My father rushes to her side, a blast of warm air and alcohol settling in the nostrils of the detective and me. I watch, as does the intruder, as my parents fall apart in one another’s arms. Whispers of “my boy” and “everything will be okay” patter the air every couple of seconds.

“I think it’s time for you to leave,” I tell the detective.

For once, he has the decency not to speak. He turns his booted heels on the carpet and retreats out the front door.


Muffled words fall on battered ears. After two long years, the verdict spews from the jury foreman’s mouth and everything and nothing changes.

Eight women’s families whoop, holler, and sob from the other side of the dingy room. Our side, which consists of myself, bloated and uncomfortable, my pot-bellied, red-nosed father, and the skeletal remains of my mother say nothing. Express nothing. Rachel didn’t make it. Too hopped up on the numbness of pain pills coursing through her veins. Too horrified and furious to face Beau after her beloved surgeon left her and the baby alone to fend off nosey reporters and vicious country-club wives.

Beau nods his head at us and is escorted from the courtroom. With each step his lumbering legs take him closer and closer to his new abode: a cold cement cell in maximum security. He’ll die one way or the other. It is Texas, after all.

It takes an hour for the other families to clear out of the courtroom. Each one gawks our way, sneering, before morphing back into gleeful tears when a camera is shoved in their face. The cameras wait for us as well. I can’t comprehend what they want. For us to say sorry? For us to beg the forgiveness for the actions of my brother? I use my extra girth to corral my parents through the vultures. Beady eyes ready to pick our bones and souls clean.

We drive home in silence, our shattered lives awaiting us.


The prison is humid, with creaky, unbalanced plastic chairs and wobbly overhead fluorescent lights. I expected cold. A terrifying frigidness that would seep into my bones and take up residence. Instead, I pull my cotton t-shirt away from my stomach and worry over the sweat lines marring the fabric.

The extra padding on my bottom is no match for the cracked, worn chair I wait for Beau on. I passed inspection and all the other hoops I was made to jump through before being led to this tiny cubicle. He will be here soon.

The man they sit in front of me no longer resembles the toe-headed boy from my childhood. A scraggly beard shelters his face. His hazel eyes, deadened by the injury and repercussions of his actions.

His hand reaches out toward the phone, and I mirror his movement.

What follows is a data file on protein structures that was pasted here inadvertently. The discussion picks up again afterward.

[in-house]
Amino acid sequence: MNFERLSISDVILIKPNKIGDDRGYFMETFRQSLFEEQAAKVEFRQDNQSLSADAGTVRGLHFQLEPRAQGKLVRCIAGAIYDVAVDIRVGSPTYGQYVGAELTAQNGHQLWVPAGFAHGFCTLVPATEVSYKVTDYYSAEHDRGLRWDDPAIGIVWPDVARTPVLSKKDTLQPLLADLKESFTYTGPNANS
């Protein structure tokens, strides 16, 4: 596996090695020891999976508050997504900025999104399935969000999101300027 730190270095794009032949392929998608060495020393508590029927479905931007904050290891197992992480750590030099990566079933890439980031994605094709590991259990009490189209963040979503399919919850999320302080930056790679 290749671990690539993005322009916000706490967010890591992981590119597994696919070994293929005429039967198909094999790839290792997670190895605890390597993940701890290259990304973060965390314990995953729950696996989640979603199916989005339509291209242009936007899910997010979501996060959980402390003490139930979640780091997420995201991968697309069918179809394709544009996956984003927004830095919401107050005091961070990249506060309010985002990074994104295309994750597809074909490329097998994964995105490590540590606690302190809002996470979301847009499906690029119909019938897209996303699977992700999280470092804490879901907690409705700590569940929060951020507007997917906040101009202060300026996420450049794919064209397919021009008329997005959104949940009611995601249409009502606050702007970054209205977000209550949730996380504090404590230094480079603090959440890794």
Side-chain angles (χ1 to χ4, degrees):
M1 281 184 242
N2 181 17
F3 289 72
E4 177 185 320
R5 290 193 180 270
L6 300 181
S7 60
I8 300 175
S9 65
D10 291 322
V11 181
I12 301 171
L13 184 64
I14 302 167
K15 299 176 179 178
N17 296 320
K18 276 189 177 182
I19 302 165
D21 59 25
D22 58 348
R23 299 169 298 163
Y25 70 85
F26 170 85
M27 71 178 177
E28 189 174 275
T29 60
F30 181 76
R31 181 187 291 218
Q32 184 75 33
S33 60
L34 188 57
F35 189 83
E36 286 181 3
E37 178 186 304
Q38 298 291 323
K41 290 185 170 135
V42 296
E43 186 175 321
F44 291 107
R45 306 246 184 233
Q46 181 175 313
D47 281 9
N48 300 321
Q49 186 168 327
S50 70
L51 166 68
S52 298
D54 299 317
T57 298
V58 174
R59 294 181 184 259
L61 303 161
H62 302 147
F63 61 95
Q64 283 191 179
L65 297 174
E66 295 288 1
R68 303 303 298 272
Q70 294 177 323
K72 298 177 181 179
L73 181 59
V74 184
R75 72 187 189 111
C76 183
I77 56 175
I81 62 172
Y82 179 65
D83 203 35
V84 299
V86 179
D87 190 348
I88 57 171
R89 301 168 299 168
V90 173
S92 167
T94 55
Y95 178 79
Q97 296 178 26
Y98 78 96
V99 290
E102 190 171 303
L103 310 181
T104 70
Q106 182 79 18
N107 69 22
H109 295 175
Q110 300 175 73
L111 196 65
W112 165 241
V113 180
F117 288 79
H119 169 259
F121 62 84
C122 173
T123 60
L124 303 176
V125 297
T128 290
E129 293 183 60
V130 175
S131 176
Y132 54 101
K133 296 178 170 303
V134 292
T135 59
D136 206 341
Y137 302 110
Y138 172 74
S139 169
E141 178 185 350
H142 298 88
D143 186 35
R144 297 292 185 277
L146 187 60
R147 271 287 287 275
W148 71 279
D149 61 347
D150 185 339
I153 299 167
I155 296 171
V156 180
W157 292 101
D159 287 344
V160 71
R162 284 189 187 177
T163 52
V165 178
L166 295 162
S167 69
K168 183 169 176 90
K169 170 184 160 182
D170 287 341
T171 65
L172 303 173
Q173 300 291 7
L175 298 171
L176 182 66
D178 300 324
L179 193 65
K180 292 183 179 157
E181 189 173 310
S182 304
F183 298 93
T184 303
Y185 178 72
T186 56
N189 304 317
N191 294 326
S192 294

“Mom’s gone.” I mean to ease into the reason for my visit, but sweat droplets are accumulating under my breasts and on my lower back. My breathing increases, panicked, and I swipe a chubby finger across my upper lip.

Beau doesn’t speak. His eyelids flutter and close and remain there for nearly a minute.

“What’s happened to you, Sarah?” Beau’s voice is scratchy and deep. Unrecognizable. His eyes take in my appearance. Fat. Sweaty. Pale.

“It’s been hard. Things have been hard since your arrest.”

He nods, but never apologizes. I choose not to dwell on what this means.

“Are you doing okay?” I ask him. Every drop of blood in my body is churning, begging me to retreat. To leave this place of anger and despair.

Beau shrugs one shoulder then brings a hand up to his face, fingers bent, and rubs his knuckles along his bearded jaw line. My eyes burn, and one traitorous tear falls onto the creamy-yellow laminate counter top.

<callouttext> It takes an hour for the other families to clear out of the courtroom. Each one gawks our way, sneering, before morphing back into gleeful tears when a camera is shoved in their face. The cameras wait for us as well. I can’t comprehend what they want. For us to say sorry? For us to beg the forgiveness for the actions of my brother? I use my extra girth to corral my parents through the vultures. Beady eyes ready to pick our bones and souls clean. </callouttext>

“Why’d you do this, Beau? Why?”

His eyes never leave mine, even when he blows a ragged sigh from his lips. “Do you remember when you asked me why I liked being a mailman?”

I think back to our ice cream date, his odd answer, and nod.

Again, he shrugs a shoulder and leans back in his chair. His arms cross over his chest. Defiant. Proud. Comfortable in his natural habitat. “The wondering got to be too much. That’s all.”


Our mother wasted away to nothing. She practically took that ragged dishtowel to her grave. It held her anguish. Her guilt. Her pain. She was the first to escape the new reality to which Beau introduced us.

I envy her.

Dad’s liver will give out one day. Rachel’s once luscious and beautiful life is now reduced to a gray landscape of split ends and oxy. And I, I will continue to seek solace in the comforts of my childhood. Before the accident, before Beau chose to play the worst form of God.

I read once that love and hate are mutually exclusive. But that’s not true. Just look at us. Take a glimpse at those left behind. The love for my brother runs deep. It’s coated in summer-time memories, belly laughter, and companionship.

But underneath lies a mountain of hate. For the unspoken deeds. For the missed clues and torturous shame. For the mailman.